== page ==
Run for Home can be proud to be one of the country’s largest race in terms of attendance with more than 6,000 runners and raising more than a million pesos for charity, according to the race organizers. This was aside from the fact that this race introduced disposable electronic timing chips in the Philippine running scene for the first time. This race was a joint project of Globe and Ayala Land for the benefit of Habitat for Humanity and organized by finishline.ph.
The Review: From a 21K Perspective
In terms of the race course I’ll give it an “A” for an excellent route which was at the same time very a very accurate 21K. Attendance like previously mentioned was also excellent and so were the cause of the race. Unfortunately this race was plagued by so many “mishaps” that really irked a lot of runners, from registration to claiming of the kits to the actual race itself. Here are my breakdowns:
- Very accurate distance of 21K (Garmin GPS-certified)
- Very good route
- Disposable electronic timing chip (no need for returns)
- Accurate distance markers and plenty of directional markers
- For a good cause
- Great attendance
- Lousy water stations
- “Clueless” people at the assembly area
- Unreasonably very, very long queues
- Insufficient supply of the carbonated drink after the race (another distribution problem?)
- Some road marshals don’t know how to manage vehicular and runner traffic
- No medals for non-placers (not even for 21K)
- No certificate
For a race being handled by finishline.ph I am very surprised at how much loose-end got into this race. Pre-race was anything but clear and smooth, and on race day there was still not much sign of improvement.
Imagine asking the people on the booths where the baggage counter was and nobody knew! One even told me that there wasn’t any! Wow! Wasn’t people placed in the assembly area so they could be of assistance to runners? Eventually after searching in the dark (literally since it was early morning) I found it. Probably due to lack of manpower this counter had probably the longest queue after the race, next being the line for the carbonated drink. I think I spent close to half an hour here just to get my bag.
Primarily a timing chip is used to capture a runner’s time so regardless of what time you passed through the start/finish line only your actual running time would be captured. Positioned strategically, chip readers along the route also aide in preventing cheating and gives additional lap data for runners. And of course utilized well it should also mean fast and hassle-free results for both the organizers and runners. In the case of this race I think it got stuck on the first item. The mats that activate the chips were placed along the route but personally I think is not in the optimal location—there were so many places that professional cheaters may take advantage of especially that loop cords were no longer given on critical points. I’m not sure how much it costs to place mats like these but with the number we saw on the race it could’ve been sufficient if placed well. As for the third, past races by Runrio utilizing “manual” record saving was much faster. As of press time no race results have been published, even unofficially.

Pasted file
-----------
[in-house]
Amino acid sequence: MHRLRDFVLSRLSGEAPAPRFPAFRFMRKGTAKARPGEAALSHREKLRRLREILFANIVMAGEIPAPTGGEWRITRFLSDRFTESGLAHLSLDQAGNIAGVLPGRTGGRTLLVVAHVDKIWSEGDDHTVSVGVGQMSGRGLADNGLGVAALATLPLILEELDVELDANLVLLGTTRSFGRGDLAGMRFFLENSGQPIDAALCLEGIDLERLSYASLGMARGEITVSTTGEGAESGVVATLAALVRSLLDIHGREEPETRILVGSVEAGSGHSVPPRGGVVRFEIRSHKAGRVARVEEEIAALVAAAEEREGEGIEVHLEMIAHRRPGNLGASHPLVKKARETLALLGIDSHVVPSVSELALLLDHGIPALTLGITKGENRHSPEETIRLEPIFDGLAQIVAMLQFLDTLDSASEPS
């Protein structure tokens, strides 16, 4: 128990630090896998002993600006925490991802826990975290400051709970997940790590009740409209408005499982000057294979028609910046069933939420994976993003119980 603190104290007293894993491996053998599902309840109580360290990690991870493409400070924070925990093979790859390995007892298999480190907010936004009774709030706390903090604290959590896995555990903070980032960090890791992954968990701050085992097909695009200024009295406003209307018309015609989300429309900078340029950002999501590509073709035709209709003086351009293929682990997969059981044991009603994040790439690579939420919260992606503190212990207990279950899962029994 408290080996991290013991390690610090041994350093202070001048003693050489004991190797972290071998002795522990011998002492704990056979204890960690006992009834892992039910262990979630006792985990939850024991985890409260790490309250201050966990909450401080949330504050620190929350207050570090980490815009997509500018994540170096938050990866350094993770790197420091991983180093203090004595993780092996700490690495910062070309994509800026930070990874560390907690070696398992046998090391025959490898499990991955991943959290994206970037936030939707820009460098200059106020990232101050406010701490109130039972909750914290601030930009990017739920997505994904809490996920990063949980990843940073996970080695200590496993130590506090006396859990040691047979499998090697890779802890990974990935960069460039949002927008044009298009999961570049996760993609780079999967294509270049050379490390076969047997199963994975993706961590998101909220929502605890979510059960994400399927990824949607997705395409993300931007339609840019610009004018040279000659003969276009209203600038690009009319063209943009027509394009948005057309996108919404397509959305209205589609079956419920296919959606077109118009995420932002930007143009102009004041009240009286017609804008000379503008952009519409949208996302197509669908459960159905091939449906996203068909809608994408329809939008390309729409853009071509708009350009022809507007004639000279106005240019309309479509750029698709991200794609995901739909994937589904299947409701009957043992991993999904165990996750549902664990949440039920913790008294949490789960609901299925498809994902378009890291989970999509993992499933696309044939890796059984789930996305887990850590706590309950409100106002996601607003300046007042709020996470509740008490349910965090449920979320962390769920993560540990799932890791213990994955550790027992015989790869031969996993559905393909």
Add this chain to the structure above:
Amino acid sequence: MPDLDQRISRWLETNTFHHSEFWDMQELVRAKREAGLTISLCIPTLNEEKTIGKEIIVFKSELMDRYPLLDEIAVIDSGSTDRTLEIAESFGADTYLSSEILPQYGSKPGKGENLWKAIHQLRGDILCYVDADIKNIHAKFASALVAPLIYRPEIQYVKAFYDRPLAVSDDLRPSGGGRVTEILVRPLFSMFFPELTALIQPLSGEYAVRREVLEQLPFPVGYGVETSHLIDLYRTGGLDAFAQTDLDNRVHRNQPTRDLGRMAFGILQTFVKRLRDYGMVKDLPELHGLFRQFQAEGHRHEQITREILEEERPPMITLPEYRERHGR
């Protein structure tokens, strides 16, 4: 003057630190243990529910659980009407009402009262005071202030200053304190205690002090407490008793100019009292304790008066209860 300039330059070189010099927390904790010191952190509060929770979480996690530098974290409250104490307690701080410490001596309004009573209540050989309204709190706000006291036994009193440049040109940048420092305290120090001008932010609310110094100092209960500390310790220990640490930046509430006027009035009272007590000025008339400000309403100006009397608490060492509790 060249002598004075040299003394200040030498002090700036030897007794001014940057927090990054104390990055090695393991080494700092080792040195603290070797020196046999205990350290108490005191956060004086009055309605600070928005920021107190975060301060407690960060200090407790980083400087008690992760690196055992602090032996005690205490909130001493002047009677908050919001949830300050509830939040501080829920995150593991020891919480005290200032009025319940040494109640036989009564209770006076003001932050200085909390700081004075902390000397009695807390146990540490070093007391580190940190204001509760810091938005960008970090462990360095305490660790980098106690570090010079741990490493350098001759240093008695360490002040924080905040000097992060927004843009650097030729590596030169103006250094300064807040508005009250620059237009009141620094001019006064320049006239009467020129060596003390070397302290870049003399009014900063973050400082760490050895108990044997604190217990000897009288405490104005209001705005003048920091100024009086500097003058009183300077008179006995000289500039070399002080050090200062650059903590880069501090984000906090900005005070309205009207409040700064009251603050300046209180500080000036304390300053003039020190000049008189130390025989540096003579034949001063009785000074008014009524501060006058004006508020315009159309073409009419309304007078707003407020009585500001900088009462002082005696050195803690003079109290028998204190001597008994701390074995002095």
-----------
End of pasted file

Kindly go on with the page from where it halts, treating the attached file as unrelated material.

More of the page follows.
Lousy Water Stations
Being a race handled by finishline.ph I gambled that there would be sufficient hydration stations. True, there was but the service runners got from most of these stations were poor. The race had already started but may of the stations were just being set up. There were also a lot of cups but not all were filled with water or carbonated drink. I even had to stop twice just to get a severely needed water ration because you had to pick it up yourself with a 50% chance of getting an empty cup. And yes being unlucky as I am had an empty cup at least once so I had to run till the next station. And to the sponsor of the carbonated drink, I’m sorry for being brutally honest but for me and many runners carbonated drinks aren’t exactly ideal for running (it was more of a dire need for elements not found in plain water).
I think some of the road marshals weren’t informed properly on how to manage vehicles and runners. Surely you can’t close all the roads that cross the route, but since the road was “leased” for the race, runners should have priority. There was one in particular that was manning one intersection with BGC that had it the other way around—he was stopping a couple of runners just to give way to a car and two motorists. Regardless of the time the safety of the runners should come first since it would be the runners that would get injured, not the motorists in their vehicles.
A good race doesn’t start and end on the race day, within the race course, and during the race hours. Ultimately a good race is made by an overall “feel-good” experience, from registration to getting your accurate results, fast. It’s a plus if it had a good cause or value for money but then again in my opinion the total experience we get defines the race regardless if it was a few meters short or had no freebies. This race had a huge potential with lots of positive points but it had fallen short of many runners expectations, so for the first time I’m giving a rating of fair for this race. Hope that the organizers learn from these experiences and come up with a better overall runner experience next time.
Rating: Fair (2½/5)